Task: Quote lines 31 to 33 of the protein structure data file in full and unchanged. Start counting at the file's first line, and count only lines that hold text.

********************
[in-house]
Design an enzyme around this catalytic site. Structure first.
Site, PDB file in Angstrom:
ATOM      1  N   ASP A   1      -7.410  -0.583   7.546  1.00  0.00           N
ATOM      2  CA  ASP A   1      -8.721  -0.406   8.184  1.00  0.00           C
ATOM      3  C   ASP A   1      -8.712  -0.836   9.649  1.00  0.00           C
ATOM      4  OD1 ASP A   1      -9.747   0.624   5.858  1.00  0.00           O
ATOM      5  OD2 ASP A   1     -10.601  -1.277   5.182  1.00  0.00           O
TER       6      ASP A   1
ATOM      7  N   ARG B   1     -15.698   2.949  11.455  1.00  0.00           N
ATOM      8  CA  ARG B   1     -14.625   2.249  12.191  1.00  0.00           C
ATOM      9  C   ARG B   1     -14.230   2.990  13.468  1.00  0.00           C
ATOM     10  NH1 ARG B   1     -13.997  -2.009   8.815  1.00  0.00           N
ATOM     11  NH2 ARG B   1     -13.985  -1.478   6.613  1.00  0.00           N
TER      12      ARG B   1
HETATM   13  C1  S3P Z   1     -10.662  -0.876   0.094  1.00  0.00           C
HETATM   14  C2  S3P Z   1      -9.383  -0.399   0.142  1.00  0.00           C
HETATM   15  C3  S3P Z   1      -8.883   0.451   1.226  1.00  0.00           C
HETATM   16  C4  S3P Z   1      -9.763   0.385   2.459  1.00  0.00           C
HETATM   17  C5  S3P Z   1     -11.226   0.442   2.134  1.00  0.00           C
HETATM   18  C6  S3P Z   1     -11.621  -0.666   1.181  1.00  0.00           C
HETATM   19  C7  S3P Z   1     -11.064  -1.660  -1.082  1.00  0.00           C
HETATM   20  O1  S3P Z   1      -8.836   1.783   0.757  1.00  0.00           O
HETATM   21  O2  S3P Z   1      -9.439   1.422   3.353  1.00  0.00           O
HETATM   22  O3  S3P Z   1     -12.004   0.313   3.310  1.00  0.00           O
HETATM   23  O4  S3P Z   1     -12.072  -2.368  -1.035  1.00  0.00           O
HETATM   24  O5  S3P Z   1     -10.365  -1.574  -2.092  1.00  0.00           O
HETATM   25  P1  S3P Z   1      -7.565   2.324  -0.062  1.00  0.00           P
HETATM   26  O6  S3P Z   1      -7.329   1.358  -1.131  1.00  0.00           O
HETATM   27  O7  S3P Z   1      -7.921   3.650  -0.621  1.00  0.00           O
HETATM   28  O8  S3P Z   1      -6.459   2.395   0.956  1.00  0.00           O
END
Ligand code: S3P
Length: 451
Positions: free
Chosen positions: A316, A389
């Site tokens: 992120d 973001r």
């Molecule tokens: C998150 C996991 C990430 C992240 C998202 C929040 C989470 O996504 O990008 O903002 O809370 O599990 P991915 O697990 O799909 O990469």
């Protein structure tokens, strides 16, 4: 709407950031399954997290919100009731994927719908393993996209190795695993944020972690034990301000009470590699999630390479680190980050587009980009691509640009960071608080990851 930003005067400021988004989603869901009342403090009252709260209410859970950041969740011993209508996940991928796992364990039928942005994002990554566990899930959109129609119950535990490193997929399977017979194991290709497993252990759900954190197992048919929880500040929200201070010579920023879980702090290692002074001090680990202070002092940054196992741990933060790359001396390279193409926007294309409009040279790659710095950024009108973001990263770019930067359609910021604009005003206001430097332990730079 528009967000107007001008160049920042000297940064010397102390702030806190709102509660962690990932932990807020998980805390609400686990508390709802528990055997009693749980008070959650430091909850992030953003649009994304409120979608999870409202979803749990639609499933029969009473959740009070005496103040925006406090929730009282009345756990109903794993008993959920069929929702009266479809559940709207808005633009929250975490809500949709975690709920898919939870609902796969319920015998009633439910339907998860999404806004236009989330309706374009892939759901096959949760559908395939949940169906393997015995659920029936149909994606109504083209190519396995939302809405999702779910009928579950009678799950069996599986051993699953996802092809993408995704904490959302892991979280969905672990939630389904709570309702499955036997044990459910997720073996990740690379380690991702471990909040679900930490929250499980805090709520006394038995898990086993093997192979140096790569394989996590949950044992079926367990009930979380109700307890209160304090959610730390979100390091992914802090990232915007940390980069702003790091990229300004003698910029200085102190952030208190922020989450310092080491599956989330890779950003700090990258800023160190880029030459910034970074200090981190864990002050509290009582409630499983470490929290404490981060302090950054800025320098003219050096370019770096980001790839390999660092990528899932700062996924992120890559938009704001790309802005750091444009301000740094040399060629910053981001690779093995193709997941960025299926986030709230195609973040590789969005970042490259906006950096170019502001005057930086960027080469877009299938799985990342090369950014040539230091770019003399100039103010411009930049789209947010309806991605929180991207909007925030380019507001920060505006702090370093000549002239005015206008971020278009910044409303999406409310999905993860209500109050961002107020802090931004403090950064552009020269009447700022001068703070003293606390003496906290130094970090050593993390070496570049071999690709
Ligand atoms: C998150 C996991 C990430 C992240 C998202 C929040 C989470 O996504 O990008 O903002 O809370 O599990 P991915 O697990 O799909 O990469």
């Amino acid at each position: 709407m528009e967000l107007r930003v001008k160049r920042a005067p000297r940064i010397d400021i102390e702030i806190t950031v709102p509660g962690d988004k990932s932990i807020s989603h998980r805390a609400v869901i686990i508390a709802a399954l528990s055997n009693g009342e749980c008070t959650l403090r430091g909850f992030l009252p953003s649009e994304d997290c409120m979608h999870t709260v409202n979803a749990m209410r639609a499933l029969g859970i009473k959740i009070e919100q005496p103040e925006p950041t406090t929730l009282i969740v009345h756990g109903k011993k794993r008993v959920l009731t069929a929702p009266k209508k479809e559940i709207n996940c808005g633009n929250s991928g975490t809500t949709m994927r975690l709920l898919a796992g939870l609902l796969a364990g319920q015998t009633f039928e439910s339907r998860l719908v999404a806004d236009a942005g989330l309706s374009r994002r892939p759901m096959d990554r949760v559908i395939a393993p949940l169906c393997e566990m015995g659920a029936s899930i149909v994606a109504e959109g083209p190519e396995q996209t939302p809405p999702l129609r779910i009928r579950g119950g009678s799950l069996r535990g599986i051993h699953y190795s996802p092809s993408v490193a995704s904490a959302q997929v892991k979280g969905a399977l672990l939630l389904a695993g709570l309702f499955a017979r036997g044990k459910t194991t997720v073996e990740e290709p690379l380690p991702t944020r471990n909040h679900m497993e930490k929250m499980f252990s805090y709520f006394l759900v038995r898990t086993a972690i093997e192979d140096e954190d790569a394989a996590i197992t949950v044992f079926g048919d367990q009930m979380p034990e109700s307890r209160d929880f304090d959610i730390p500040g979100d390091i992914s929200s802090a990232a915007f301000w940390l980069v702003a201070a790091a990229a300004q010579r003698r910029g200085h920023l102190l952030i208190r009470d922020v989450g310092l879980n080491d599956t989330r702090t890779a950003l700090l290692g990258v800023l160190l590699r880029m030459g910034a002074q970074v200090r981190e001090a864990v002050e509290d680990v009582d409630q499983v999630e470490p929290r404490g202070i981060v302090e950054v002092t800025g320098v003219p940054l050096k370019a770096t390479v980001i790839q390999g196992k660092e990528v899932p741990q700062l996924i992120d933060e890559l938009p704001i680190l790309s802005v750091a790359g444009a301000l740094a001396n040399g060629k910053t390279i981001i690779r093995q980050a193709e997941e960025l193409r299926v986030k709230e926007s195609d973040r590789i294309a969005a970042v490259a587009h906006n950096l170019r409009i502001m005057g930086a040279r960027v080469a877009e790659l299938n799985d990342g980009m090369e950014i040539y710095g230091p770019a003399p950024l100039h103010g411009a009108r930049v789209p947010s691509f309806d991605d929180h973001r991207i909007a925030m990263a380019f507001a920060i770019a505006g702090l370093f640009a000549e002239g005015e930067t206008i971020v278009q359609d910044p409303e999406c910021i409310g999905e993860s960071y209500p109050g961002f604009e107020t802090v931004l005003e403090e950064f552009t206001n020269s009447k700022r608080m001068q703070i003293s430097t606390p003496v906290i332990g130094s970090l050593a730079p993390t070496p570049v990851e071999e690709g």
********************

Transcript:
HETATM   28  O8  S3P Z   1      -6.459   2.395   0.956  1.00  0.00           O
END
Ligand code: S3P